financial freedom sign

Should I pay off my mortgage or invest?

June 25, 2020

This is a common question we get asked and not to ruin the surprise but the answer is “it depends”. Leaning towards investing, you may have more money in the long-run. However, if being debt free is your objective, then paying off a mortgage can liberate you from most people’s largest debt. In this blog, we will dive a little deeper into strategies for your extra cash flow, what choices clients typically make and the options available.

Paying down your mortgage before investing
For simplicity, below are some assumptions if you wanted to pay down your mortgage before investing:

  • $150,000, 30 year mortgage
  • 3.5 percent APR
  • $400 per month available to pay or invest

Now through our assumptions, without any additional payments toward principal, you will pay $673.57 to principal and interest each month. Over the 30-year period, you will end up paying $92,485.20 in interest and $242,485.20 total, or around 62 percent more than your initial loan.

Now applying the $400 to your mortgage each month will bring your monthly payment up to $1,073.57. Doing this will cut your mortgage down from 30 years to just under 15 years, lowering your total interest paid from $92,485.20 to $42,952.74. The best part of this is when paying the extra $400 a month and after the mortgage is paid off in just under 15 years, you now freed up $1,073.57 a month!

Investing extra cash instead of paying down your mortgage
This example has more variables to impact your end result, because investments do go up and down. For demonstration, let’s assume you place the $400 a month into an S&P 500 index which may average an annualized return of 8 percent. A $400 monthly investment at 8 percent average return for 30 years gives you an estimated nest egg of $596,143.78. This number is far greater than the amount of interest you would be paying on your mortgage over a 30-year period in this example. However, no investment return is guaranteed, you may not earn near the estimated total and the investment may lose value.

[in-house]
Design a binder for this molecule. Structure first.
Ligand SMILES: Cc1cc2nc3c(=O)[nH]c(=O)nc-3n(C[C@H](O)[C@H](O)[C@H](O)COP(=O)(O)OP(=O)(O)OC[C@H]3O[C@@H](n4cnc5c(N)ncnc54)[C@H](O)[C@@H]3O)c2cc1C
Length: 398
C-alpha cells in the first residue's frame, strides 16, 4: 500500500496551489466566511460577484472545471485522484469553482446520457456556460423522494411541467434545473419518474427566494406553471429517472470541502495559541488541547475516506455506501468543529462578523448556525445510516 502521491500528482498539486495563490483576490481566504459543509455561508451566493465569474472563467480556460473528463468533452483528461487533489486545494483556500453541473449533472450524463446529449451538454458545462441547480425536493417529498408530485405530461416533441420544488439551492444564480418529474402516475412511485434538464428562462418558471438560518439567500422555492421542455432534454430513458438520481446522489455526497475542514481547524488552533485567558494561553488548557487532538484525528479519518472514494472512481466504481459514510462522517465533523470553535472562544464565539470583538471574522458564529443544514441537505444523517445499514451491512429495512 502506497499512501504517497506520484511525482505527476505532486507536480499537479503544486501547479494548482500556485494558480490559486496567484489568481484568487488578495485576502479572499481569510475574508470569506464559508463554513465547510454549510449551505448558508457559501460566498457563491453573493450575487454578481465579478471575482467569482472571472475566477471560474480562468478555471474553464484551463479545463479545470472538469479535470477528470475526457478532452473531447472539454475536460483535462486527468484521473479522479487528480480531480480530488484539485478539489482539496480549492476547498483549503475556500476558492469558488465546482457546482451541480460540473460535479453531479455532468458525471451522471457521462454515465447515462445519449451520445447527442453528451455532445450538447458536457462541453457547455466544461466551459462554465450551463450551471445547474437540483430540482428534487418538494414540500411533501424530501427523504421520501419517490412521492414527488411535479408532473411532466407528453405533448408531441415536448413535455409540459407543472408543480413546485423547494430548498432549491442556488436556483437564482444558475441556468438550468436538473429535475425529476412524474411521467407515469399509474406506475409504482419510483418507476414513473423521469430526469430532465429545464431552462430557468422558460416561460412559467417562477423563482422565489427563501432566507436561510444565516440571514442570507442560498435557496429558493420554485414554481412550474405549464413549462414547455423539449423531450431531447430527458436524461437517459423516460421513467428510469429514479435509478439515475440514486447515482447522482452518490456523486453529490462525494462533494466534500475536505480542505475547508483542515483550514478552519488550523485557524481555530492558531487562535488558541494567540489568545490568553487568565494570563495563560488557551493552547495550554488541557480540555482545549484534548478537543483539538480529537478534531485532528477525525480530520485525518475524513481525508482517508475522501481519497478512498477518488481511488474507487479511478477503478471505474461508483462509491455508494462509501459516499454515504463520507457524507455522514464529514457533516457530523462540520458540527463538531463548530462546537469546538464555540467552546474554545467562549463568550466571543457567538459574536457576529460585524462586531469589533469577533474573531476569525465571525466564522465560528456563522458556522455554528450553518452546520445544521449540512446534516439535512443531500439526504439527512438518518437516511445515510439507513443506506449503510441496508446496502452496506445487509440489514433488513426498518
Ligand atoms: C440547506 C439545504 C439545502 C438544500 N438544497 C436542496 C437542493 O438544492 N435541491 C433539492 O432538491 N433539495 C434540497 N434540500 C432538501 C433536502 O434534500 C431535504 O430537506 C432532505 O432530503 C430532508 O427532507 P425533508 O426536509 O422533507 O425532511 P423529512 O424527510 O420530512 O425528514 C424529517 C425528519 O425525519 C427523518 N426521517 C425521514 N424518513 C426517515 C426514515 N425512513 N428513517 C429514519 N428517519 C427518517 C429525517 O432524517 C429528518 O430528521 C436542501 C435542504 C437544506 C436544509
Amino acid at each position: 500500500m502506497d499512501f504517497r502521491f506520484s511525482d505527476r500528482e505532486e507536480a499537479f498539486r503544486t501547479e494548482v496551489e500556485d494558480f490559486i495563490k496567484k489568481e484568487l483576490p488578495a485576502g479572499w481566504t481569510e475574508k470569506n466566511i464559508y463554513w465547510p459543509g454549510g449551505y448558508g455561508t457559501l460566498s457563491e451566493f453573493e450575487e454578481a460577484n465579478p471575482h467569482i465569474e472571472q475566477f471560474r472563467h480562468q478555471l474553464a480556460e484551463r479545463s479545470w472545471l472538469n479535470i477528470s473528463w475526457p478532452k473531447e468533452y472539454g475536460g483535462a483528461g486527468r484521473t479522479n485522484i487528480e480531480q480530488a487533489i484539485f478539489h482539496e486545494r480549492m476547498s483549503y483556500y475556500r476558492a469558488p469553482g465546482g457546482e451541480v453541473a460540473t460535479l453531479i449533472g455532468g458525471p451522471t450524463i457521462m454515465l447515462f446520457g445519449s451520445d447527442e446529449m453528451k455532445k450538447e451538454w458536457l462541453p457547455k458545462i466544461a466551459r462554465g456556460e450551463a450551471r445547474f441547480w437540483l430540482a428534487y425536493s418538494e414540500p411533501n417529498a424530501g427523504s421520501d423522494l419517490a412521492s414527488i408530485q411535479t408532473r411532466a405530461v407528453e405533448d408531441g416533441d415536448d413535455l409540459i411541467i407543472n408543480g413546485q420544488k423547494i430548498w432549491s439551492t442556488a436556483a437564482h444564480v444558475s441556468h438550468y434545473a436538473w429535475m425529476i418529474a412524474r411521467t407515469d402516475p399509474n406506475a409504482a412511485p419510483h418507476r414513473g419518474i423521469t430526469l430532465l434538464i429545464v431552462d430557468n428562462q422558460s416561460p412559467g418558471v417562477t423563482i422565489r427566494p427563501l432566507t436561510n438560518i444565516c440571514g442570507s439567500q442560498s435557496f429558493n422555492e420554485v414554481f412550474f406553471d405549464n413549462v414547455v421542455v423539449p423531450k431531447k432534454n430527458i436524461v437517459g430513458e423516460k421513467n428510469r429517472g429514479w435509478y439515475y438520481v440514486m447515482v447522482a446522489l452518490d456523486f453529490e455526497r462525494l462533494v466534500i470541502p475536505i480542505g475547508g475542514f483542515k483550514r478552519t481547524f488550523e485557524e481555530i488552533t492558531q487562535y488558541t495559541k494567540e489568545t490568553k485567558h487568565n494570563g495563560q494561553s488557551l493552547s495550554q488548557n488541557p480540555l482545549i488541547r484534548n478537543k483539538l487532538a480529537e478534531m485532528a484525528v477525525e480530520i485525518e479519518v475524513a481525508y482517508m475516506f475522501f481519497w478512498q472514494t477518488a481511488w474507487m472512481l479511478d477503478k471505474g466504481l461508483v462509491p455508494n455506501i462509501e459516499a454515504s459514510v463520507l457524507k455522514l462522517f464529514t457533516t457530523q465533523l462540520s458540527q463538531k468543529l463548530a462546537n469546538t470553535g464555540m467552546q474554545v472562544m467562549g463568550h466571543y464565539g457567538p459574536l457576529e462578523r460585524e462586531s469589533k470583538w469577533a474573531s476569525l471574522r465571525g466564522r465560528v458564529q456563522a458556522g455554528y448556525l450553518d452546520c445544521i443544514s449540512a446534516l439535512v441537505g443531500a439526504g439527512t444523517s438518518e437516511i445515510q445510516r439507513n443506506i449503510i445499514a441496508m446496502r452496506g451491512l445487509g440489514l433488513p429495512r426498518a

Your options
With the answer already spoiled, “it depends”, this decision comes down to how you feel and what makes sense for your financial goals. Is your goal to save for the long-term and add to your retirement nest egg? Are you someone who wants to be debt-free and financially independent sooner? As local financial advisors, these are questions we can help you walk through and answer for your financial plan. Other options can include a mixture of splitting money up into investments and paying additional on principal and not focusing on one method more than the other.

No matter where you find yourself in the great debate of investing vs. paying down your mortgage, know you are not alone. If you need any assistance to think through options including but not limited to refinancing, investing, paying additional mortgage principal, then contact us today at 217.935.2148. We are always happy to help you understand and plan for your financial success.

Matt Riley was named Fiduciary Officer and VP for First National Bank and Trust Company in December 2018, helping clients to meet their prosperity goals through investment and estate planning. Prior to joining FNBT, Matt had risk and compliance analysis experience at State Farm Bank in Bloomington, Ill. Matt is a proud Illinois State University Alumni, receiving his B.S. in Finance with an emphasis in Financial Planning. He has continued his education journey, earning other designations including the Chartered Financial Consultant designation. In addition to his bank service, Matt became a member of the Clinton Rotary Club in April of 2019 and became a board member for the Warner Hospital & Health Services Foundation in May of 2019.

Investment products offered by First National Bank are: • Not a Deposit • Not FDIC Insured • Not Insured by any Federal Government Agency • Not Guaranteed by the Bank • May Go Down in Value